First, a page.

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Commentary By Max Schulz

Consider the Source

"I Don't Believe the Post!" is a bumper sticker occasionally spied on the cars of Washingtonians who refuse to buy into the city's prevailing orthodoxy. The Washington Post has played handmaiden to Washington's liberal, progovernment establishment for decades, and right-thinking types under siege in the capital have long resented the paper's flagrant political biases.

The Senate's ascending Majority Leader, Tom Daschle (D-SD), made a similar assertion this Sunday on "Meet the Press." He admonished Tim Russert to "consider the source" when Russert mentioned a newspaper report that Sen. Robert "The Torch" Torricelli (D-NJ) would be indicted. "The source is federal investigators," Russert snapped back. ""Well, that's what they say," Daschle replied. "I really question whether that is the source. I don't trust the ... Post."

Oh, don't worry, Katharine Graham, Sen. Daschle wasn't calling your child ugly. It was the New York Post that Daschle was trashing. That Post is owned by Australian-turned-American press baron Rupert Murdoch, a man who routinely elicits reactions on the left ranging from contempt to disgust.

Despising Murdoch is required for membership in respectable circles, and Daschle was playing into this hatred for Murdoch to escape being grilled about an ethically challenged sheep in the flock he leads.

It was rich political theater seeing Daschle heap scorn on the New York Post. The Post is both entertaining and informative, two things Daschle is not. Anyone able to stay awake during his conversation with Russert was treated to a somnolent performance riddled with distortions, hypocrisy, and half-truths. Only as masterful a pol as Daschle could make dissembling seem so boring.

The "right people" turn their noses up at Murdoch's Post, which they view as the low-rent tabloid neighbor biting at the ankles of the esteemed New York Times. The Columbia Journalism Review, a rag almost as tedious as Daschle, once called the paper "a force for evil." Junior Leaguers are told by their mothers, "One just doesn't read the New York Post, dahling." And to an extent they are right. The paper is lowbrow, as are many of its readers. The story is often told of the time Murdoch suggested that Bloomingdale's Department Stores buy advertising in the Post. The suggestion was torpedoed quickly. "Rupert," a Bloomie's exec told him, "your readers are our shoplifters!"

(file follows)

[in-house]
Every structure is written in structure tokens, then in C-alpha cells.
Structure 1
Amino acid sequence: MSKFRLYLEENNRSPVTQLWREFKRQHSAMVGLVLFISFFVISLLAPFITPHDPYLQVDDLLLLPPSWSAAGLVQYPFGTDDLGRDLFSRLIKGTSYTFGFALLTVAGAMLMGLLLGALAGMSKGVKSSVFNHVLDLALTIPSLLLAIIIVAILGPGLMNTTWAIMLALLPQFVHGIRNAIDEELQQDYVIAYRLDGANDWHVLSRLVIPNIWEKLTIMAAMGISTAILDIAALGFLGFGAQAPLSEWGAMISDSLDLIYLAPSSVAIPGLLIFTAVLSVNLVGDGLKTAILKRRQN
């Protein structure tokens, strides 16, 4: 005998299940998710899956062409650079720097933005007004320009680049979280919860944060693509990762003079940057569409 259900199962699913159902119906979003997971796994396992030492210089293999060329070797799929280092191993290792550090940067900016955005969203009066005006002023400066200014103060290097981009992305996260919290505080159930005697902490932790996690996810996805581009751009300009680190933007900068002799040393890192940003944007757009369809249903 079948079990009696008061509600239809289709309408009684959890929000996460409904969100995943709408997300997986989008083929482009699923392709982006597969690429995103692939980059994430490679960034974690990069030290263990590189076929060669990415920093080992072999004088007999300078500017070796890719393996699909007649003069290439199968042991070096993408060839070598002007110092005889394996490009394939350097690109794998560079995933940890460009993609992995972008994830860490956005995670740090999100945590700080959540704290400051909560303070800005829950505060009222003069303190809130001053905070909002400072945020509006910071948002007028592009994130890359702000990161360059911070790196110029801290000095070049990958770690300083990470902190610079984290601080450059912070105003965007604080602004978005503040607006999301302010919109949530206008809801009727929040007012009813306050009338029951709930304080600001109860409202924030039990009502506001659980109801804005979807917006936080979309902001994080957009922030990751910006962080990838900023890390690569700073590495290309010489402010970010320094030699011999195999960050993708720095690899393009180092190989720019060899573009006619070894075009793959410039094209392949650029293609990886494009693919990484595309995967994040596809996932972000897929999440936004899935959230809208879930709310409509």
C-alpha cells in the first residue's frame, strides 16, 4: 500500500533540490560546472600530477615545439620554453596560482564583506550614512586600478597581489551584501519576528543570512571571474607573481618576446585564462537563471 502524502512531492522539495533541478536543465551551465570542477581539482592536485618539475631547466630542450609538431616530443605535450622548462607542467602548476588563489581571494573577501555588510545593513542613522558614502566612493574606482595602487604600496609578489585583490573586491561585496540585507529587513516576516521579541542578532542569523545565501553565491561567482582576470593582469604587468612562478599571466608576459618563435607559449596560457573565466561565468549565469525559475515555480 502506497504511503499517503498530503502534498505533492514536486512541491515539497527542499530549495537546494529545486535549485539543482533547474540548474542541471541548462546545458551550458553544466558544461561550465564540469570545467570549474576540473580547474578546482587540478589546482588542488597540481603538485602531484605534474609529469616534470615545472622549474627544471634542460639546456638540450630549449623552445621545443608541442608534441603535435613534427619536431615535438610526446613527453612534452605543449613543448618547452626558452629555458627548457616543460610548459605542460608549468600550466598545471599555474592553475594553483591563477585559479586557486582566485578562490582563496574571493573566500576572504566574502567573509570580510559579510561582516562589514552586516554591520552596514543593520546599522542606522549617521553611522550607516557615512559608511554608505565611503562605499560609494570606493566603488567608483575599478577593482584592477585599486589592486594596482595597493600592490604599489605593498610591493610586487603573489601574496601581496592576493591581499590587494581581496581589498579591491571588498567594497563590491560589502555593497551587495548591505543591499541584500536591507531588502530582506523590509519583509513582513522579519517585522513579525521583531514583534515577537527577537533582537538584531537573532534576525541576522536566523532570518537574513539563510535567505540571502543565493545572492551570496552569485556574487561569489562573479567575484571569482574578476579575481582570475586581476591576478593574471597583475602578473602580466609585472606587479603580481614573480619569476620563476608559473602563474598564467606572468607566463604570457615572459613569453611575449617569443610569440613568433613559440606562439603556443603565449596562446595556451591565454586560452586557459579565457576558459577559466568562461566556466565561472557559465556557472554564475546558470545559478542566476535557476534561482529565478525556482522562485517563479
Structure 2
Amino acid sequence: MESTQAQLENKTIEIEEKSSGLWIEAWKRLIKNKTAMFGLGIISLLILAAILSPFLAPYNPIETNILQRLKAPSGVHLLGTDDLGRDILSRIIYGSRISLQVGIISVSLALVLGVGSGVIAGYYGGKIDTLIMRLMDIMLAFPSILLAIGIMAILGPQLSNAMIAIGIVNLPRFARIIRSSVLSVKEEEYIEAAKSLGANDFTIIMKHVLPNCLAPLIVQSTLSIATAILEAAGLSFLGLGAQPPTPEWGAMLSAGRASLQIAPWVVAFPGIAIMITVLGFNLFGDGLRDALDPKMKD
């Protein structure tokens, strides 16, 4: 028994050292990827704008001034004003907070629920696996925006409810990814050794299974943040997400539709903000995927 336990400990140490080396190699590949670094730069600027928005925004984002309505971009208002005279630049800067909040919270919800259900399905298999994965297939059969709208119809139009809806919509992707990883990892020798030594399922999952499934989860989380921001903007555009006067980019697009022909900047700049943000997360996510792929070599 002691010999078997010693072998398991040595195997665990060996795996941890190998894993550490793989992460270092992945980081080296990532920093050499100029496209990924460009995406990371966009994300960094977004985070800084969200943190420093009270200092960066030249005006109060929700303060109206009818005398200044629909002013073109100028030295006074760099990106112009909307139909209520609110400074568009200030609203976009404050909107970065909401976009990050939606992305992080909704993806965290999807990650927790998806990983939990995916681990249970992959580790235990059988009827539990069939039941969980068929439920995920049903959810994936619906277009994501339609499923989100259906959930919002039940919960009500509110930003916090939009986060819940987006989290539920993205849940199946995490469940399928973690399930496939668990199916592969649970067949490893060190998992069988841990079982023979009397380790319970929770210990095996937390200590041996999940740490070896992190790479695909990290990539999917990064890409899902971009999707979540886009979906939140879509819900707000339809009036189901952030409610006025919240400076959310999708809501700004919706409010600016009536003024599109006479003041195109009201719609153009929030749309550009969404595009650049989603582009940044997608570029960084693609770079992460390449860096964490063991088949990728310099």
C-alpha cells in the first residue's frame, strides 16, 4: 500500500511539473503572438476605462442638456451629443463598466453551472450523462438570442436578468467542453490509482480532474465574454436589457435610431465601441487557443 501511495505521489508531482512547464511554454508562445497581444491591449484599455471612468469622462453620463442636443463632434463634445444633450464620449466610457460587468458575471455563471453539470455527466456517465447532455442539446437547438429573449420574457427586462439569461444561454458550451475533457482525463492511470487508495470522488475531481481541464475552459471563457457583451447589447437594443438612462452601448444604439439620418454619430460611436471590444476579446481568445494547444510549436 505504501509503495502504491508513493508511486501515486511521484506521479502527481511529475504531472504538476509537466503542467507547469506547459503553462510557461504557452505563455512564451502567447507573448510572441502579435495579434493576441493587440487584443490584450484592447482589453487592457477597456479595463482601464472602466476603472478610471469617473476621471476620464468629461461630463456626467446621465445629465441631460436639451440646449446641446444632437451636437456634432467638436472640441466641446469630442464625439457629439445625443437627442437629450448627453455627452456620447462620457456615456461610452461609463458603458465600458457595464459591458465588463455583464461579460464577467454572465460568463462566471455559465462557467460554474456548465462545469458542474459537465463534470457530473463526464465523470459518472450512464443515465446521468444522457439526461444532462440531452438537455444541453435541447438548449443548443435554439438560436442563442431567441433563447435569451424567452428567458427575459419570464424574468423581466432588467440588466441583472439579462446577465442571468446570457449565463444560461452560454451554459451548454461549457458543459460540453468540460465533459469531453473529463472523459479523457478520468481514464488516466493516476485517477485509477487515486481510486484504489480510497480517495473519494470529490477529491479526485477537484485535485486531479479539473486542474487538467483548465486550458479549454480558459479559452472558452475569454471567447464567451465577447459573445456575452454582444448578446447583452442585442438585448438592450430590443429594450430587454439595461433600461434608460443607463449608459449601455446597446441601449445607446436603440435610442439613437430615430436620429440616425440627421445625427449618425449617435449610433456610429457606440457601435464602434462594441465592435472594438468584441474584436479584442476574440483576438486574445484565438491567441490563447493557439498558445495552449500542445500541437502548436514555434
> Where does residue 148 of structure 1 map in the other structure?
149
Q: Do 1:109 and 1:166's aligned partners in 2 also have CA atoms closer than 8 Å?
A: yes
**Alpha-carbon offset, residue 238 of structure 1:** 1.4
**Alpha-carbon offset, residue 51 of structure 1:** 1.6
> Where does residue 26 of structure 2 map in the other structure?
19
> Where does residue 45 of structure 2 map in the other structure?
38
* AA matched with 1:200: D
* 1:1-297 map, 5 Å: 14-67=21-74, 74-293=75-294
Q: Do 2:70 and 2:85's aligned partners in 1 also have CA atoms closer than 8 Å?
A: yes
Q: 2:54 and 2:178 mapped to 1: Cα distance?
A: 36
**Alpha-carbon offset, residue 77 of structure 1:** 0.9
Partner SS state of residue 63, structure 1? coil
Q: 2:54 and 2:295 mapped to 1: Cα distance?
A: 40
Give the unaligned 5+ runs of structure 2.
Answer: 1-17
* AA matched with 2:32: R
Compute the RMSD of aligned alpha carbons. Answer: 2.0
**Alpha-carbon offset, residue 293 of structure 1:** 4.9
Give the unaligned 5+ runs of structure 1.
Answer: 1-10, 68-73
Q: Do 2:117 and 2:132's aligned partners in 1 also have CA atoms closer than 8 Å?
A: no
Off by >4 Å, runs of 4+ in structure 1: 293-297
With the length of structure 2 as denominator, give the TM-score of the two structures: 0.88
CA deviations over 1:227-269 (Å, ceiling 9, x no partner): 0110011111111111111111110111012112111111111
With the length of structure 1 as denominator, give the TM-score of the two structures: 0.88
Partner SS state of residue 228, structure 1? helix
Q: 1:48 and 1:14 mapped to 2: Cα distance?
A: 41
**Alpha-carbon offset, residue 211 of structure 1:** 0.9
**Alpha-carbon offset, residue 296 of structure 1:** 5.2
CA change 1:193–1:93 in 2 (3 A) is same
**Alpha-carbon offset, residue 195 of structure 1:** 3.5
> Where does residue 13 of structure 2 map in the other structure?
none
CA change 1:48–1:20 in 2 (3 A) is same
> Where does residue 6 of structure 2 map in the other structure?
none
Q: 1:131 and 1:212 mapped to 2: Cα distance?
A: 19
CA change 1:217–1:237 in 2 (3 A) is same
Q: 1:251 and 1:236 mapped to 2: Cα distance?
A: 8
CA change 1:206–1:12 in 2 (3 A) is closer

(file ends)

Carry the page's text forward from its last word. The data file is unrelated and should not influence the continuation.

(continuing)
The Post is sensationalistic, and it is fun. "HEADLESS BODY IN TOPLESS BAR" is the best-known Post headline. Every week there seems to be at least one about "Wacko Jacko," a.k.a. Michael Jackson. And when baseball legend Roger Maris died in 1985, the Post front page read, "TRADED TO THE ANGELS."

The paper is also usually fiercely patriotic. Every Memorial Day, for instance, the editorial page reprints the stirring St. Crispin's Day speech from Shakespeare's Henry V. No such sappy patriotism will ever be found in the pages of the New York Times.

For all the World War III headlines, flag waving, and celebrity news (it can always be counted on with the latest in the long running Puff Daddy/J-Lo saga), however, the Post actually practices some serious journalism. Deborah Orin and Brian Blomquist are reporters of the first stripe (Blomquist was the author of the story Daschle tried to discredit on "Meet the Press"), and they routinely scoop the Times and the Washington Post on important topics.

But to hear the Tom Daschles of the world tell it, the New York Post might as well be the Weekly World News. After all, the New York Post is a tabloid, isn't it? So no matter that the Post nailed the story about the feds' plan to extinguish the Torch. If it's in the Post, it simply cannot be trusted.

This misguided way of thinking has become more and more exposed in recent years with the rise of new media such as the Internet and talk radio. News is news, regardless of who breaks it. This flies in the face of the time-honored tradition holding that news is news only when the New York Times and Washington Post say it is. What's the point of being the gatekeepers of journalism when anyone with a microphone or an Internet connection can scale the walls?

It's not just the Post, belittled as it is by the media establishment. Nontraditional news sources have broken a number of hot news stories in recent years, from Monica Lewinsky (Matt Drudge) to would-be House Speaker Bob Livingston (Hustler's Larry Flynt) to Henry Hyde's and Dan Burton's infidelities ( to Jesse Jackson's love child (National Enquirer). Many of these stories are unquestionably unsavory. But they are bona fide news stories. And there are legitimate questions about whether they would ever have come to light if we only relied on the New York Times, Washington Post, Newsweek, and Time magazine.

All of which renders Tom Daschle's dig at the New York Post preposterous. If something is reported in the New York Post, goes his argument, it should not be trusted, or even believed. If only that were the case, considering this sentence about the Jim Jeffords switch published just last week in the New York Post: "The maverick, liberal-leaning Republican from Vermont plans on becoming an independent -- but will side with Democrats in the Senate, making Sen. Tom Daschle of South Dakota the new majority leader."